All The Pretty Horses


Book club books will always be easier to review when it comes to putting pen to paper. Logically I suppose, the process of discussing a book out loud (however fruitful or not that discussion may be) never fails to help me compartmentalise my thoughts.

I’m fully aware that all I’ve moaned about lately is the lack of a good simple story and, although Robert Graves’ is helping to remedy that at the moment with his wonderful (and surprisingly uplifting) memoir Goodbye to All That, book club choices are always risky business. A double-edged sword of absolute hidden gems or books that are simply ‘ok’. Given the stellar reputation of The Road, we were all excited to read Cormac McCarthy’s All the Pretty Horses. Although undoubtedly a modern classic, the more I think about it the more I feel like this might just have been ‘ok’.

John Grady; unassuming young cattle rancher from Texas, has just lost his Grandfather and, along with him, the prospect of a future on the family ranch, which with the death of its owner is now due to be sold. Seeing no future for him at home, Grady takes his horse and heads of south towards the Mexican border, taking his friend Lacey Rawlins along for company. Encountering madcap teenager ‘Blevins’ and his suspiciously majestic horse along the way, the boys set off on (for them, please note) an unforgettable adventure, full of danger, risky relationships and, oh yeah, some horses.


One book clubber very 7555187astutely described this book as ‘cinematic’. She was right. McCarthy’s descriptions of the majestic landscape these boys travel across are breathtaking; the approach of the oncoming storms terrifying (as Blevins will attest). It is hardly surprisingly that it was transformed into a film with Matt Damon back in 2000 – albeit a dull one. Lauding this book however, on the front cover of all things, as ‘one of the greatest American novels of this or any time’, I take slight issue with.

In my desperation for good stories, I can’t help but take that kind of wild claim to heart. The simple fact is that it should in fact read; ‘one of the greatest American novels of this or any time in my opinion.’ I mean, I’m used to bookish hyperbole, but this is just ridiculous.

This book is a true modern classic; where you can be sure to discover some seriously quality writing. From depictions of the wild landscape to describing the most subtle interaction between man and horse, McCarthy really knows his onions and it is just so satisfying to read. The dialogue, though hard to get into at first due to the distinct lack of pronouns and quotation marks, once clicked is just so perfect and entirely natural.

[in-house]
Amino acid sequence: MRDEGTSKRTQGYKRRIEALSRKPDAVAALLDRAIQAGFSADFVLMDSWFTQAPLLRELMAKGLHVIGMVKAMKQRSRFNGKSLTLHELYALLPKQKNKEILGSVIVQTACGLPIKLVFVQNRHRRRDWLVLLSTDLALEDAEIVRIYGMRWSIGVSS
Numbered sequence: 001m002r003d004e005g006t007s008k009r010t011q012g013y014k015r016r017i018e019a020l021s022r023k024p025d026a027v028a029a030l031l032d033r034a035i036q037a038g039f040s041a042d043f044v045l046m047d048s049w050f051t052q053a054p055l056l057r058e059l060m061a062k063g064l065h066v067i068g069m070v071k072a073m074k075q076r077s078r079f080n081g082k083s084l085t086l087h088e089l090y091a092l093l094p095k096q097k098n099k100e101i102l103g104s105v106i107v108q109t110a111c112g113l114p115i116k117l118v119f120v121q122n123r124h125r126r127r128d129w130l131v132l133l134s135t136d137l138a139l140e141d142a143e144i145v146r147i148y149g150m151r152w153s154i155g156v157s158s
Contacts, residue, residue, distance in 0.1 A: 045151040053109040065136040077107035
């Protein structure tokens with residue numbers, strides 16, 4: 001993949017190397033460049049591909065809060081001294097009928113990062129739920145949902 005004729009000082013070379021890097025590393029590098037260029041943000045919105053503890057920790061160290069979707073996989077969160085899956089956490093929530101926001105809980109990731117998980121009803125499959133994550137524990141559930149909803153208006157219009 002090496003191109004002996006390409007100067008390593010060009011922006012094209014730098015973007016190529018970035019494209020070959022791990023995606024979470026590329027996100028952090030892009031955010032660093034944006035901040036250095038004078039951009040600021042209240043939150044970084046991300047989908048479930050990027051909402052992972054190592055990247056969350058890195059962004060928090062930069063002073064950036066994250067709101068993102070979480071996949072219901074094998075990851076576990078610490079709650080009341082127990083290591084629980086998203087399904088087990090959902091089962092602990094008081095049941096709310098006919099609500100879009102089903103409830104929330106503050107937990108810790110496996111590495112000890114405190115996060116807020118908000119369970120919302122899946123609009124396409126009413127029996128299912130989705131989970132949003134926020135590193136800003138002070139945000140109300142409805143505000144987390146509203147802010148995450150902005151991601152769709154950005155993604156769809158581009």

However, although I appreciate a bit of realism as much as the next person , the endless, monotonous journeying of the boys became seriously repetitive. Let’s face it, there are only so many ways of describing a bivouac. Of far more interest to me was their arrival and employment as cattle drivers at the Hacienda on the Mexican plains; full of history and human interest (least of all the hot romance that ensues). Also, although John Grady is a doubtlessly sympathetic character, the female contingency of the book group (i.e. 90% of us on the night in question) felt that McCarthy laid it all on a little strongly. What? He’s strong, handsome, sensitive, good with animals and fluent in Spanish?! And he’s only 16? … Pull the other one…..

Strong writing and the occasional nail-biting scene could not, in this case, hide the fact that full-blown Americanah, full of cheese and testosterone, jarred a little with our cynical, feminine, Mancunian minds. The ending was a little weak and readers simply don’t appreciate too many lines written in a language they don’t understand. It spoils the flow hombre.

McCarthy writes beautifully, but I won’t be reading the rest of his Borders trilogy.

Which ‘great American novel’ do I really need to read? Help me adore this literary location!

6 thoughts on “All The Pretty Horses

  1. Have you tried Lonesome Dove? Yes it’s about cowboys and driving cattle and Indians and the West,so absolutely not my normal cup of tea, and the novel sprung out of a film script which would normally be another black mark (it’s very long too) but it’s a wonderful read. I couldn’t read another piece of fiction for a good fortnight after I’d finished it because I didn’t feel anything would match up. I haven’t tried any other cowboy books either.


    1. Oh thanks Victoria. Fab recommendation – from the Goodreads description it is the antithesis of what I’m usually into but the reviews and ratings are way up there so this is going straight on the list!


  2. Such a shame when something is written beautifully but doesn’t hit the mark. I think there are certain authors who do characters well, others that write well and the third kind that merge these two together to create something epic.


  3. I’m lukewarm on McCarthy. My favourite of his that I’ve read is No Country for Old Men. If you want to try another literary Western, there’s Butcher’s Crossing by John Williams, The High Divide by Lin Enger, or Wynne’s War by Aaron Gwyn.


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